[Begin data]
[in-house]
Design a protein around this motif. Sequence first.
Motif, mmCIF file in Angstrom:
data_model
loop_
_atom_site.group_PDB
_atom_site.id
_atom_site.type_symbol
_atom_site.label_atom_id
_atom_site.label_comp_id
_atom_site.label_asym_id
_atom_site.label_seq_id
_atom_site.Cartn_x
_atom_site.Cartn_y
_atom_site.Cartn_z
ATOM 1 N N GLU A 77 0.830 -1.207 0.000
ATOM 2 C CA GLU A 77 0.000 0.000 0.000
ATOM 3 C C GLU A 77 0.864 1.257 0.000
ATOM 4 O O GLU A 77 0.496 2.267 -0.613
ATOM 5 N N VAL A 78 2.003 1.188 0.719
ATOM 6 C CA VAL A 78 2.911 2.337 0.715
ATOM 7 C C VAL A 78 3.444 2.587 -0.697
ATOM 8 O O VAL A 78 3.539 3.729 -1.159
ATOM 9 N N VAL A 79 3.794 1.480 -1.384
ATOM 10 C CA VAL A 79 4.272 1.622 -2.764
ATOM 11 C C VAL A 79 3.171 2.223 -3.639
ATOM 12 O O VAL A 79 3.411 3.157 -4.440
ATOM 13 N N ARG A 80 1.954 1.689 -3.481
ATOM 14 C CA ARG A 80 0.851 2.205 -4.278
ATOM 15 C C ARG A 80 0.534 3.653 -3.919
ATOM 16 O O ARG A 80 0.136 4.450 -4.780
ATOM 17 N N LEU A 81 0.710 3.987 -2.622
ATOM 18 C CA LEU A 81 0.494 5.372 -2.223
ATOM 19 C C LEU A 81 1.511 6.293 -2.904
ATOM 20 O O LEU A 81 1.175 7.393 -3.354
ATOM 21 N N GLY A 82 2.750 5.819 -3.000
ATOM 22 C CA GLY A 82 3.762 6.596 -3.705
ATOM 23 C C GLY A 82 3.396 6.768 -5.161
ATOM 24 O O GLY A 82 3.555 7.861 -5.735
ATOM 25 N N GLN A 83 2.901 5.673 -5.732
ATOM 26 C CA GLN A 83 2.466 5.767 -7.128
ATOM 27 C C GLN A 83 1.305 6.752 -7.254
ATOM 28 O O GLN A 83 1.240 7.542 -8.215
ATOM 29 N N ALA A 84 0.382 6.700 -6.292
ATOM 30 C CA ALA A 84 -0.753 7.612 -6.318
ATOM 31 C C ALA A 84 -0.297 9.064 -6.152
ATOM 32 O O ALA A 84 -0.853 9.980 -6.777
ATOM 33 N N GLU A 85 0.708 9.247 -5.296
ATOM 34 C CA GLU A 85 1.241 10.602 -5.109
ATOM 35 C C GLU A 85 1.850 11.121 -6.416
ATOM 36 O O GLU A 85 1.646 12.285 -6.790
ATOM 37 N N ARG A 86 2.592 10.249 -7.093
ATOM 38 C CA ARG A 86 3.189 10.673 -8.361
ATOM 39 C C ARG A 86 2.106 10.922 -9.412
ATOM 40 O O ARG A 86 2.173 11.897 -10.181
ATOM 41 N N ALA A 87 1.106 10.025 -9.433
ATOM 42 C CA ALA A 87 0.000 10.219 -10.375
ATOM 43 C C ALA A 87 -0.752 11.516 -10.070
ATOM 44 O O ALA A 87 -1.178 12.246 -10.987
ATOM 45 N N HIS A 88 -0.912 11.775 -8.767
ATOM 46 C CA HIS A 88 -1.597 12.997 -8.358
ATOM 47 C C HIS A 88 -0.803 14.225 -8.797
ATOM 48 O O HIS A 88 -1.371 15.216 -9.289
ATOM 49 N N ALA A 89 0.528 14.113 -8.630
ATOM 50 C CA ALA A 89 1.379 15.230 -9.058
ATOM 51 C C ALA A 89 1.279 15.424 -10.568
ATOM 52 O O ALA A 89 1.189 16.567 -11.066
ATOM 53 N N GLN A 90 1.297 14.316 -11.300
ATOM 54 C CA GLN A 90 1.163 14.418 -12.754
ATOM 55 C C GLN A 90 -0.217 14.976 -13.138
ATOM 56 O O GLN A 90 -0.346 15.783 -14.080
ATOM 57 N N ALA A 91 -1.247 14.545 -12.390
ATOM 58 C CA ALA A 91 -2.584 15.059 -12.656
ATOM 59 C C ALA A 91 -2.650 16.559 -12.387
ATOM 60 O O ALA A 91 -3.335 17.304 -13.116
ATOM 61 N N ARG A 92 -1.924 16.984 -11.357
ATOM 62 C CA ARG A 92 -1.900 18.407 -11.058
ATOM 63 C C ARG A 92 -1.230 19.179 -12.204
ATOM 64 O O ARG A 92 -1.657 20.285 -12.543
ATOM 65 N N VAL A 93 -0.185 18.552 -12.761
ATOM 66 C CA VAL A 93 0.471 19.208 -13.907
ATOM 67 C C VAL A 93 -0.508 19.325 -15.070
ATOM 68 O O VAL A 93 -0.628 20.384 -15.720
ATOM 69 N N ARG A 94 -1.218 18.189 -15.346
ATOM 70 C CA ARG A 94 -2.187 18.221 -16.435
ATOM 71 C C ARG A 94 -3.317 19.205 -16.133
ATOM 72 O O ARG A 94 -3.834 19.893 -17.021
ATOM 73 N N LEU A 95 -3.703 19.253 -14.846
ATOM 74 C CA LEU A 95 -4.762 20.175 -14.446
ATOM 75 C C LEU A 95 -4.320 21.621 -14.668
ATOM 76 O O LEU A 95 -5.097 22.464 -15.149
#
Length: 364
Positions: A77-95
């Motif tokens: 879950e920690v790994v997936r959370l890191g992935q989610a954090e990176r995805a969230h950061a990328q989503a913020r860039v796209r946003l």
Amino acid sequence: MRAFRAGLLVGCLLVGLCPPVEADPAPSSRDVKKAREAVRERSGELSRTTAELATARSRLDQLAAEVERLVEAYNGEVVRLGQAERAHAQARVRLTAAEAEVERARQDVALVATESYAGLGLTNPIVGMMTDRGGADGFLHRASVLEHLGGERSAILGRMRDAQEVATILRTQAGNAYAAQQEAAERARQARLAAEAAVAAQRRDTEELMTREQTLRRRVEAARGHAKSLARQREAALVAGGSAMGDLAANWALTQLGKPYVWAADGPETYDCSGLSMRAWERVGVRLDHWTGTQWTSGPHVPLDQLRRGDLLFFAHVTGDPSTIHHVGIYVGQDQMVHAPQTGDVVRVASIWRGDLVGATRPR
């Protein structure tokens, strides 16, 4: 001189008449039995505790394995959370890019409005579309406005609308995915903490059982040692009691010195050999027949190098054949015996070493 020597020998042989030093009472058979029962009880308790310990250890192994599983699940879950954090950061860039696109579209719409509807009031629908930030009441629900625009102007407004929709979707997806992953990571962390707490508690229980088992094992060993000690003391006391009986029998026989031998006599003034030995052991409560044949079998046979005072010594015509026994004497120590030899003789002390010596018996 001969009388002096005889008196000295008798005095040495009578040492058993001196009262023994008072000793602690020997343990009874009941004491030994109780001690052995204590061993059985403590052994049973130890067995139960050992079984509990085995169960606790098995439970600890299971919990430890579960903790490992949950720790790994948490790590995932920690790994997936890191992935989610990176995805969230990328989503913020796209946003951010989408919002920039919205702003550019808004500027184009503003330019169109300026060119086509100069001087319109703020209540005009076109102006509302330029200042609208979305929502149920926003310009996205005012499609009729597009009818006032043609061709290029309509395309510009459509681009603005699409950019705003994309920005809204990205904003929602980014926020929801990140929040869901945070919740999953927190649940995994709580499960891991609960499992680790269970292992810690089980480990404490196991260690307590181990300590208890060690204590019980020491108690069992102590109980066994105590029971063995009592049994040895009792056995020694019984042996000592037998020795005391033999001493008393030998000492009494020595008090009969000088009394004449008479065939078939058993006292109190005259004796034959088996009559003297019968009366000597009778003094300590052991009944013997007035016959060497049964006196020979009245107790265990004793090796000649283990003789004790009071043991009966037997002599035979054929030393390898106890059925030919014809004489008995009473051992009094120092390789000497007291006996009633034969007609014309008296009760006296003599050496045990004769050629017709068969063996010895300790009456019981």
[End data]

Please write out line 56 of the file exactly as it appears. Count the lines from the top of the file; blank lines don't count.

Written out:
ATOM 41 N N ALA A 87 1.106 10.025 -9.433